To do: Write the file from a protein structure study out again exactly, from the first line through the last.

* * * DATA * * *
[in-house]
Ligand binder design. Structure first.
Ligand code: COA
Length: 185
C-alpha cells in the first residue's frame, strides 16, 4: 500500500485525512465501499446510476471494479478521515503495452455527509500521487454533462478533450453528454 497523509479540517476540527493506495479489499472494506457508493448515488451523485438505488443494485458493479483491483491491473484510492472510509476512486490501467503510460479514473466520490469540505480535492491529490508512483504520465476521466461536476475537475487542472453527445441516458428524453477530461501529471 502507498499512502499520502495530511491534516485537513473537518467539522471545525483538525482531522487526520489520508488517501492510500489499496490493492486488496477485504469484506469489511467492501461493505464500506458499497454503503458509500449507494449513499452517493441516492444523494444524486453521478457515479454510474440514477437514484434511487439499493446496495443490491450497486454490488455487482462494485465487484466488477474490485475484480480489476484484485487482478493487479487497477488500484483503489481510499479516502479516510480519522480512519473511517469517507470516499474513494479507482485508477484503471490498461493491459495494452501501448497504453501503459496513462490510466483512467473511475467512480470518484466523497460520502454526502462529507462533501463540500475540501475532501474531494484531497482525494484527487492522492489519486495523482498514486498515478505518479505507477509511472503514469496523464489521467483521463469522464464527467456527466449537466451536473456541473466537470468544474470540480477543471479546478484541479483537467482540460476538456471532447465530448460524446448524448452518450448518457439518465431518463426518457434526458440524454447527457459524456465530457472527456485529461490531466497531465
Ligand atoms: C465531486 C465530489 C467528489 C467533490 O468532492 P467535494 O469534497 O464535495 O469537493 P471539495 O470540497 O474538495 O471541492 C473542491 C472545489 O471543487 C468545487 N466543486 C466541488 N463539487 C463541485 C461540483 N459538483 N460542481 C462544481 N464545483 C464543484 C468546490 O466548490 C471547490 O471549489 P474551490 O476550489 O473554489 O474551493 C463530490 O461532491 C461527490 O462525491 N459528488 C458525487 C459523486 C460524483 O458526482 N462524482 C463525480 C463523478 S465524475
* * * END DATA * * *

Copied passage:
[in-house]
Ligand binder design. Structure first.
Ligand code: COA
Length: 185
C-alpha cells in the first residue's frame, strides 16, 4: 500500500485525512465501499446510476471494479478521515503495452455527509500521487454533462478533450453528454 497523509479540517476540527493506495479489499472494506457508493448515488451523485438505488443494485458493479483491483491491473484510492472510509476512486490501467503510460479514473466520490469540505480535492491529490508512483504520465476521466461536476475537475487542472453527445441516458428524453477530461501529471 502507498499512502499520502495530511491534516485537513473537518467539522471545525483538525482531522487526520489520508488517501492510500489499496490493492486488496477485504469484506469489511467492501461493505464500506458499497454503503458509500449507494449513499452517493441516492444523494444524486453521478457515479454510474440514477437514484434511487439499493446496495443490491450497486454490488455487482462494485465487484466488477474490485475484480480489476484484485487482478493487479487497477488500484483503489481510499479516502479516510480519522480512519473511517469517507470516499474513494479507482485508477484503471490498461493491459495494452501501448497504453501503459496513462490510466483512467473511475467512480470518484466523497460520502454526502462529507462533501463540500475540501475532501474531494484531497482525494484527487492522492489519486495523482498514486498515478505518479505507477509511472503514469496523464489521467483521463469522464464527467456527466449537466451536473456541473466537470468544474470540480477543471479546478484541479483537467482540460476538456471532447465530448460524446448524448452518450448518457439518465431518463426518457434526458440524454447527457459524456465530457472527456485529461490531466497531465
Ligand atoms: C465531486 C465530489 C467528489 C467533490 O468532492 P467535494 O469534497 O464535495 O469537493 P471539495 O470540497 O474538495 O471541492 C473542491 C472545489 O471543487 C468545487 N466543486 C466541488 N463539487 C463541485 C461540483 N459538483 N460542481 C462544481 N464545483 C464543484 C468546490 O466548490 C471547490 O471549489 P474551490 O476550489 O473554489 O474551493 C463530490 O461532491 C461527490 O462525491 N459528488 C458525487 C459523486 C460524483 O458526482 N462524482 C463525480 C463523478 S465524475